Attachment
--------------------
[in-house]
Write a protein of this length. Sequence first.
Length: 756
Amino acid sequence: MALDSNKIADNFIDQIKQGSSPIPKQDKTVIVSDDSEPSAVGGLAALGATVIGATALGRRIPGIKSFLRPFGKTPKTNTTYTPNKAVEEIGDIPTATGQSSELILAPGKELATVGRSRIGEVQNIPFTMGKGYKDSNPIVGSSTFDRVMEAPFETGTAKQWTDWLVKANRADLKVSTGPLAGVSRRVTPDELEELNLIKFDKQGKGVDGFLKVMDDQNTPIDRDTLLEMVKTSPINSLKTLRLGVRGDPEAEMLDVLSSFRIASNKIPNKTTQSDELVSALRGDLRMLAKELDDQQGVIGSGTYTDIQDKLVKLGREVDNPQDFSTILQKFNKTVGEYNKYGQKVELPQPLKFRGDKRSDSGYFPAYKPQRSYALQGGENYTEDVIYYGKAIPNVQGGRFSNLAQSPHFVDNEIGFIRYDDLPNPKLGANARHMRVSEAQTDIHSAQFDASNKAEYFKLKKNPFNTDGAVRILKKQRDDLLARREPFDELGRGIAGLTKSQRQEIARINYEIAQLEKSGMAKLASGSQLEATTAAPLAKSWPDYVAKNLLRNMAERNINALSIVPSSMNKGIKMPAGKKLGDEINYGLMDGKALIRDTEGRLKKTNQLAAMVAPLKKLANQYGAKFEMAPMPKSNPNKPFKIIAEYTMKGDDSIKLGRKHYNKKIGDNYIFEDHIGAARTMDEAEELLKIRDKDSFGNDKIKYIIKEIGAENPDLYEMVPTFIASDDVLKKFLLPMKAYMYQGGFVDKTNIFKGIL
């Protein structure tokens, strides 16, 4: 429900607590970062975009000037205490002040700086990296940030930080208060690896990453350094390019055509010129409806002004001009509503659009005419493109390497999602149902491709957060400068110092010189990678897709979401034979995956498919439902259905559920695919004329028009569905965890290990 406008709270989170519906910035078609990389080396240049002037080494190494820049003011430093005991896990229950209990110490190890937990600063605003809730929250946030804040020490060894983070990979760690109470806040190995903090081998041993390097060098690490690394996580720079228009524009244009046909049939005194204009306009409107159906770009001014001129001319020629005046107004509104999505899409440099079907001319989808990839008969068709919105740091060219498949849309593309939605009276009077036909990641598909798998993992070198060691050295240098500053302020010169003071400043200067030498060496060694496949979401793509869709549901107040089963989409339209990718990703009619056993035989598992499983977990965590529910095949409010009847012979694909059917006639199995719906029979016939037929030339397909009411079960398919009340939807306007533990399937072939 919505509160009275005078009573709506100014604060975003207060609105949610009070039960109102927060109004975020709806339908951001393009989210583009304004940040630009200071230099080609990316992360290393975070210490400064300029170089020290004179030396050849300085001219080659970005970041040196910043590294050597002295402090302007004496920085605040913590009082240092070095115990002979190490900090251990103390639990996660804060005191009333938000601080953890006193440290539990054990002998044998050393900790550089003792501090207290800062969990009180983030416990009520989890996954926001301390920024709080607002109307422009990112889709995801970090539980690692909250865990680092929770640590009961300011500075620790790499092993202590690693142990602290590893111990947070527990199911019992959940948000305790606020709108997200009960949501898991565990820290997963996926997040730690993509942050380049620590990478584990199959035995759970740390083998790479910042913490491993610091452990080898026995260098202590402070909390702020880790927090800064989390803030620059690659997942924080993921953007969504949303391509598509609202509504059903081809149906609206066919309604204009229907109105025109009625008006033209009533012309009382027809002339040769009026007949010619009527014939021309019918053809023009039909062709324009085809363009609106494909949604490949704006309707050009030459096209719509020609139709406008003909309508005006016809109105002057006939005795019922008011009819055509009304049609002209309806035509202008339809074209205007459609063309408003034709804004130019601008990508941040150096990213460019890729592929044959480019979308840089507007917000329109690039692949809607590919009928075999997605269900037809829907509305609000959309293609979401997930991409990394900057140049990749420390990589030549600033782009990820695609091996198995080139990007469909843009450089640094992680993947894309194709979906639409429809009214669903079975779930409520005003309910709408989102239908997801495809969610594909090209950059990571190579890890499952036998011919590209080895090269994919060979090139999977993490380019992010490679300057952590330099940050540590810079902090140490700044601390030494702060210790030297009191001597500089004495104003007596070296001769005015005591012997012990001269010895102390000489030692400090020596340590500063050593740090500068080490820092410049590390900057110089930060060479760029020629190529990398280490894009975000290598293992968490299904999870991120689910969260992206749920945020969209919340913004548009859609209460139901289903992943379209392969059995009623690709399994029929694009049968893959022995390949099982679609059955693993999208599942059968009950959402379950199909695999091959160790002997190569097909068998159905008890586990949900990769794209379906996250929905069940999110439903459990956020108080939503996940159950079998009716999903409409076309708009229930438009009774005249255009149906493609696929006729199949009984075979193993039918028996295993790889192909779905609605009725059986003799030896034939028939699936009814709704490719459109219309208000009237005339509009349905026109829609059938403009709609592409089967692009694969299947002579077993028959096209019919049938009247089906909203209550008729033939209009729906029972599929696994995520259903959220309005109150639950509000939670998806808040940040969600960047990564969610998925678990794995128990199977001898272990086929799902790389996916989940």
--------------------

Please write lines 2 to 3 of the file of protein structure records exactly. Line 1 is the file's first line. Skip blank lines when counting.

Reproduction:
Write a protein of this length. Sequence first.
Length: 756